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Part-writing Inverted Chords: Second-Inversion Patterns I--Arpeggio & Neighbor
In the preceding Hub, we took a break from the examination of specific chords to introduce passing tones and auxiliary tones; previously in the series, we had been looking at triads in first inversion.
(If this synopsis seems cryptic or puzzling, it might be a good idea to go back to earlier Hubs in the series. The immediately preceding Hub is linked in the sidebar below the picture of the John Henry statue. There's also a link to a complete summary Hub for the first series on part-writing--it dealt with triads in root position, and introduced the 'rules' of common-practice ("Classical") part-writing.)
If the synopsis was clear, though, you are probably ready to investigate the patterns governing triads in second inversion--so let's get to it.
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It probably sounds as though second-inversion triads--also known as 'six-four chords'--are a bit different from root position and first-inverrsion triads. If so, then the impression given is entirely correct. Traditionally, chords were classified by the intervals they contained, reckoning things upward from the bass tone.
According to this view, root position triads were the most stable, since above their bass tones one would find a perfect fifth and either a minor or a major third. (Diminished and augmented triads are considered dissonant in this position, precisely because their chordal fifths are not the stable perfect fifth, but the decidedly unstable diminished or augmented fifth.)
Less stable are first-inversion triads; they contain a minor or major third, just like the root position triads, but substitute a sixth for the fifth. Both intervals are consonances, though the sixth is less stable than the fifth. Still, first-inversion triads may be used quite freely, as we have seen.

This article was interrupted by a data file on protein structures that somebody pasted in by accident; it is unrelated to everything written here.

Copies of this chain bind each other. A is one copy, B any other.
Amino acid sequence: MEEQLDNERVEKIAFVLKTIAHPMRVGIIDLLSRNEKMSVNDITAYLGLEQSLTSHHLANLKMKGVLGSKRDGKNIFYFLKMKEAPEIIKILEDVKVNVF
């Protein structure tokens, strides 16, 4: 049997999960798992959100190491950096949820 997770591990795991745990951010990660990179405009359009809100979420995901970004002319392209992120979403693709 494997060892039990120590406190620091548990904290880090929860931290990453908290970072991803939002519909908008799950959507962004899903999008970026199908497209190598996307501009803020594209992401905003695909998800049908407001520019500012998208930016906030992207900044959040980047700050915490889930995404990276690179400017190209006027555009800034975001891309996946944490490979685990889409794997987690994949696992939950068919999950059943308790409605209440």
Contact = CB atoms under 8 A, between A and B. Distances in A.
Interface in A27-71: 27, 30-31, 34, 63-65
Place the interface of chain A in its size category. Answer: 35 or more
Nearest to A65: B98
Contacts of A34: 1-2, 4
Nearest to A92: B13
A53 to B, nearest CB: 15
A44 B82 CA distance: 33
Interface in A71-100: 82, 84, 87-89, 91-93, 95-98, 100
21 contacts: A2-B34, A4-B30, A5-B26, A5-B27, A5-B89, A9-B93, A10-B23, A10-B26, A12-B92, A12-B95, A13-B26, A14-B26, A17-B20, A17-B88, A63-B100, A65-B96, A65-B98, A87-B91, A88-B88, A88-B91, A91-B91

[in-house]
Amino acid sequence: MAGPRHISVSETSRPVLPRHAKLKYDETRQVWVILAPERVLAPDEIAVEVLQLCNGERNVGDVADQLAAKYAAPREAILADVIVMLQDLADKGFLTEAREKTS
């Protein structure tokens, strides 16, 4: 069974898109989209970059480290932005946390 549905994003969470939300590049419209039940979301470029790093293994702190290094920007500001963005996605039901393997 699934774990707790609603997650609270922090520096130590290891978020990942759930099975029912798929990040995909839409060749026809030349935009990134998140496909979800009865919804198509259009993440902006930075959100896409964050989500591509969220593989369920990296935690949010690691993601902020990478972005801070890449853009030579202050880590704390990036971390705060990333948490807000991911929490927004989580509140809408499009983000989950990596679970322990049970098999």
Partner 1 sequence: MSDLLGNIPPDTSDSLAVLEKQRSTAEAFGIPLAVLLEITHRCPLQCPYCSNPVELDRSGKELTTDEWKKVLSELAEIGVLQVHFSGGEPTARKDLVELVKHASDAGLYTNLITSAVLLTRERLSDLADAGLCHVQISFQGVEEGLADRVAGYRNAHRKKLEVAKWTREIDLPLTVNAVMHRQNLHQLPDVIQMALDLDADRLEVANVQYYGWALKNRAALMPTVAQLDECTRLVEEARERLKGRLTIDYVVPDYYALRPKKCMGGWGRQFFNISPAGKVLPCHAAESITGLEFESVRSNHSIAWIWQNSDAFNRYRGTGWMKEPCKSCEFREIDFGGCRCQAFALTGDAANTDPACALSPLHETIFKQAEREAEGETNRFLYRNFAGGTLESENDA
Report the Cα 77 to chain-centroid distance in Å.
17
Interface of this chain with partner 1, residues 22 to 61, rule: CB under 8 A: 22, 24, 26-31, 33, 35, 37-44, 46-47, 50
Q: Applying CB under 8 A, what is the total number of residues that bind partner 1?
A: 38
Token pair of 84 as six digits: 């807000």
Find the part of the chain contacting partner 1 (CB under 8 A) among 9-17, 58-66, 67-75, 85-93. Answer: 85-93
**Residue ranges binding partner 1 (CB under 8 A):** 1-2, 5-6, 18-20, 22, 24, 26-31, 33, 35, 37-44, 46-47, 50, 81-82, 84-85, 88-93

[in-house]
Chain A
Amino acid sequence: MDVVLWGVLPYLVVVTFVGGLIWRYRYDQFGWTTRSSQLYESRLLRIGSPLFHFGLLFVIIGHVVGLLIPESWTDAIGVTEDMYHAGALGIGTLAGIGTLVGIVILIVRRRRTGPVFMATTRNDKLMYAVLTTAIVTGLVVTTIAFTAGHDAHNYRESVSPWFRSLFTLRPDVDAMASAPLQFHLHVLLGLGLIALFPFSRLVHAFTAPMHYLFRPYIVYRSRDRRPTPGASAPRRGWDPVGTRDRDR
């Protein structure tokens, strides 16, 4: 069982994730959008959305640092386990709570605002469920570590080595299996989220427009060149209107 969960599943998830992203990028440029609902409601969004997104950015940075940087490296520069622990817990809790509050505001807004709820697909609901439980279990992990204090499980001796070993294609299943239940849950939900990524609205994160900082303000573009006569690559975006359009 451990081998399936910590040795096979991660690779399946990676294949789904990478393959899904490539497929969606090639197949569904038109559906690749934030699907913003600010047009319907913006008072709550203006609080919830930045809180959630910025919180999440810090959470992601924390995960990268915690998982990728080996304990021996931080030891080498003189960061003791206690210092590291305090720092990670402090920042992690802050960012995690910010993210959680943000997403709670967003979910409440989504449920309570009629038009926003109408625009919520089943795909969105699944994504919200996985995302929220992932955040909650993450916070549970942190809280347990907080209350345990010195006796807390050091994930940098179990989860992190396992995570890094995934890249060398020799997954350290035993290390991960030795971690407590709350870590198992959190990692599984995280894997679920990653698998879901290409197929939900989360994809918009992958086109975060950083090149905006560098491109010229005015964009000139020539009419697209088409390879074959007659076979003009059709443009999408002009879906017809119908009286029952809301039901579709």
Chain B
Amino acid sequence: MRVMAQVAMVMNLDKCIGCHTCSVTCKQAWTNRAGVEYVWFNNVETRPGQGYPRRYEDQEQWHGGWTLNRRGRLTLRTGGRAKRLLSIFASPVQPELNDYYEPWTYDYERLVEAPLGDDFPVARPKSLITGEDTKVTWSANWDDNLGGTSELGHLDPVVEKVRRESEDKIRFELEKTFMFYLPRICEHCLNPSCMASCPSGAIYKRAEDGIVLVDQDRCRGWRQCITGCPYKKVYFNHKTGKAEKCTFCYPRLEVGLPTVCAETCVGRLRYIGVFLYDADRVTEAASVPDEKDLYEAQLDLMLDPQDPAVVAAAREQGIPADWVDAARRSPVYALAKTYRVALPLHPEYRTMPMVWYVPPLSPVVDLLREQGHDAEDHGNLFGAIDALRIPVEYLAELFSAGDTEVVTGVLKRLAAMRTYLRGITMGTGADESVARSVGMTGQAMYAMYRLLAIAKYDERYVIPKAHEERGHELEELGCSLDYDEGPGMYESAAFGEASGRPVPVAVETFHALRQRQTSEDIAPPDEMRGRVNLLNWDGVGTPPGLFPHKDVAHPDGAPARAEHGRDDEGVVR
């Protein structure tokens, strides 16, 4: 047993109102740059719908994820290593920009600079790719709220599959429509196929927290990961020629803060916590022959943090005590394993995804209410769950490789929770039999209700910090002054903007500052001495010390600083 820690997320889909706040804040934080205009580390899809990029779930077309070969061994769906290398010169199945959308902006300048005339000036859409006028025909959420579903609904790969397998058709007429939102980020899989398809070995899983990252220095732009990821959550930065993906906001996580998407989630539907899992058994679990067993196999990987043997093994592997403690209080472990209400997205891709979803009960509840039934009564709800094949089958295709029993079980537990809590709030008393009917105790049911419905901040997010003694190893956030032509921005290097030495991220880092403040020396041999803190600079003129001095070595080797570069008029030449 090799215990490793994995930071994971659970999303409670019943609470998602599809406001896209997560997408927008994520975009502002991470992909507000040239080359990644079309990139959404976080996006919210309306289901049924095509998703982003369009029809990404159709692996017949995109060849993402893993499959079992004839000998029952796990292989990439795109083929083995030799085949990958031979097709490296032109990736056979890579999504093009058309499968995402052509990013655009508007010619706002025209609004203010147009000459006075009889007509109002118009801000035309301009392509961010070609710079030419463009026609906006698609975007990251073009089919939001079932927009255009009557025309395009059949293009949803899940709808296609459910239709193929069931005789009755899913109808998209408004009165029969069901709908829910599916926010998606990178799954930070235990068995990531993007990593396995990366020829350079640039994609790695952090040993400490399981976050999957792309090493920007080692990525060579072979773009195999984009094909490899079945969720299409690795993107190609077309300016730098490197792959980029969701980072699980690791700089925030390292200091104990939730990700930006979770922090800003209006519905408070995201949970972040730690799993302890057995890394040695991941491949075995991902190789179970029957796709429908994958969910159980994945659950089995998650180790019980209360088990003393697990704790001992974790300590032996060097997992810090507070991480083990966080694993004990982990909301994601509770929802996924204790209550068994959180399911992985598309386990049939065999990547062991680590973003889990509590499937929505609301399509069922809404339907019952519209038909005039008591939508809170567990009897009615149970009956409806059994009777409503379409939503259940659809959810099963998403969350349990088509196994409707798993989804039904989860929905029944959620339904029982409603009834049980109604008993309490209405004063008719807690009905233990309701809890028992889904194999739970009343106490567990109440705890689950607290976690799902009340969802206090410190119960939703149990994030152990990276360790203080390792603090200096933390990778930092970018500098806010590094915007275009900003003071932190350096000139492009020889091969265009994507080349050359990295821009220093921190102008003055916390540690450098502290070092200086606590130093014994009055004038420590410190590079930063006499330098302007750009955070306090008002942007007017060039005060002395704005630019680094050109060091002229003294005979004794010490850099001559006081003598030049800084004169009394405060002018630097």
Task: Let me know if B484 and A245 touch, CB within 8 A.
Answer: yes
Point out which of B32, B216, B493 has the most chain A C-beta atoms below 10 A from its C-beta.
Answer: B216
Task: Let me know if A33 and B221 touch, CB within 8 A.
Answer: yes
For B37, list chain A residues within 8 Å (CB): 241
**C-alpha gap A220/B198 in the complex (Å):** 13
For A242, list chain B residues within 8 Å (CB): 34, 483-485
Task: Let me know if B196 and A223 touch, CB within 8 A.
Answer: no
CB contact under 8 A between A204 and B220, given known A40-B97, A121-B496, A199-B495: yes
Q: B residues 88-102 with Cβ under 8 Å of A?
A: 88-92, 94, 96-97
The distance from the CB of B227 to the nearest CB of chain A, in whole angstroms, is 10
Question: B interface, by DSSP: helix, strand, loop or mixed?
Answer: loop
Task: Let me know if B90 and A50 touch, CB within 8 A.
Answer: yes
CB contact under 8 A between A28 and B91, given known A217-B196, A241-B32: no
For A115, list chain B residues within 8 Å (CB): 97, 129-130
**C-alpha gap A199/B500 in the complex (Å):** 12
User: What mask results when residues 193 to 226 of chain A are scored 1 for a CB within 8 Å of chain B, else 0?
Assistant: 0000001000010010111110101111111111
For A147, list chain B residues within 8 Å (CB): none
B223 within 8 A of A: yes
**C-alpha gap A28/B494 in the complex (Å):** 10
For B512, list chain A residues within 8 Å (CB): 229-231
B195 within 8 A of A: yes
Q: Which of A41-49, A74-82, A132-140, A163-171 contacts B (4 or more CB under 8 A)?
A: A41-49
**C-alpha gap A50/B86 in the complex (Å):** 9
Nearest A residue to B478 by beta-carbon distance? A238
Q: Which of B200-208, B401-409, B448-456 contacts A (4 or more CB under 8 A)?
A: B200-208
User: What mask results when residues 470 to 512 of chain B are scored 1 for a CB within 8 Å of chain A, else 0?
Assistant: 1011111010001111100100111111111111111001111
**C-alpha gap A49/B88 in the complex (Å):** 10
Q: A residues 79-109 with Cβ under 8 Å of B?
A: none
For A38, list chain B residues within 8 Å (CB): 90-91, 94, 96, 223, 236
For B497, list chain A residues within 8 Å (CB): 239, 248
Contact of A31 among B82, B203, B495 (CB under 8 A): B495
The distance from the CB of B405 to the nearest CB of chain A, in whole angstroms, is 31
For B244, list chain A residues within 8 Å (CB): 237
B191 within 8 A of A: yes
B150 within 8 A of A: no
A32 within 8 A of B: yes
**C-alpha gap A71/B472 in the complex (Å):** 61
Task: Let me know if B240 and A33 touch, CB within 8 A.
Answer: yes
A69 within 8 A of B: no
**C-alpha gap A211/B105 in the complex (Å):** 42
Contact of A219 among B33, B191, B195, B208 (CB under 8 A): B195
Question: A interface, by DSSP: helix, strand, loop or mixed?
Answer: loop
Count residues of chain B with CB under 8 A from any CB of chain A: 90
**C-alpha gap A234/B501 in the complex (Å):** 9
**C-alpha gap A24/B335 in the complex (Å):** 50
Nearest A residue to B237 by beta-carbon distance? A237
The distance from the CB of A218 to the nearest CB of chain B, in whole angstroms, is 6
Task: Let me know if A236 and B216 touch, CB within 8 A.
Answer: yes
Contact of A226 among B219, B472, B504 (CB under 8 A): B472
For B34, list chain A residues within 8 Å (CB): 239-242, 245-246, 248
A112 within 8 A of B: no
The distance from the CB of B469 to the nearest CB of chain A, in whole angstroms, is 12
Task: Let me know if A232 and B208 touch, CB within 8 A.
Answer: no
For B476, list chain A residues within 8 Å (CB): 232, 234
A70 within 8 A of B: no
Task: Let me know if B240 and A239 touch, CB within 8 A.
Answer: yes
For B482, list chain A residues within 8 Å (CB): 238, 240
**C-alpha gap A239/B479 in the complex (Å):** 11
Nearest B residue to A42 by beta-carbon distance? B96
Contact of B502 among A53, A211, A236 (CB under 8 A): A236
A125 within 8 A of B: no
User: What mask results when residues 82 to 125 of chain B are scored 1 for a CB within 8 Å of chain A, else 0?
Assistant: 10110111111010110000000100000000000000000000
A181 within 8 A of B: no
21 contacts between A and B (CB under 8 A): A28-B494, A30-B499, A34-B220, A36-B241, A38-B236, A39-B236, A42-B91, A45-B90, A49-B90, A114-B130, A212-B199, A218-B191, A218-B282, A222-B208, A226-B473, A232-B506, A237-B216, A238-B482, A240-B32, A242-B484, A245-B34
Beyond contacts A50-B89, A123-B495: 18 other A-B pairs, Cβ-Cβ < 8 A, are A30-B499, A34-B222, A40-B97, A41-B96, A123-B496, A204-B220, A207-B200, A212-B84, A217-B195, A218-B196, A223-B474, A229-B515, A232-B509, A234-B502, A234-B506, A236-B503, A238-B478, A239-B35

By contrast, second-inversion triads are characterized by an unstable fourth, as well as the more stable sixth. That fourth above a bass tone had, by the time when chordal theory was coalescing, been treated as a dissonance for many centuries. Therefore, the second inversion triad took on a somewhat dissonant quality too.
That does not mean it is not a useful sonority, however. It just needs a little care to use appropriately. We'll examine in turn the normal ways in which sixth-four chords appear in common-practice music.
Alternating and Arpeggio Six-four Chords
These two patterns are closely related, and operate on the same psychological principle. In both cases, the root position voicing of the triad occurs first--and very often on a strong beat--and is then and only then followed by the second-inversion voicing. This sequence allows the instability of the six-four to be subsumed in a larger, and stable, context. So the second-inversion triad can freely follow the root position voicing of the same chord--even, in a pinch, the first-inversion voicing. But the reverse does not work.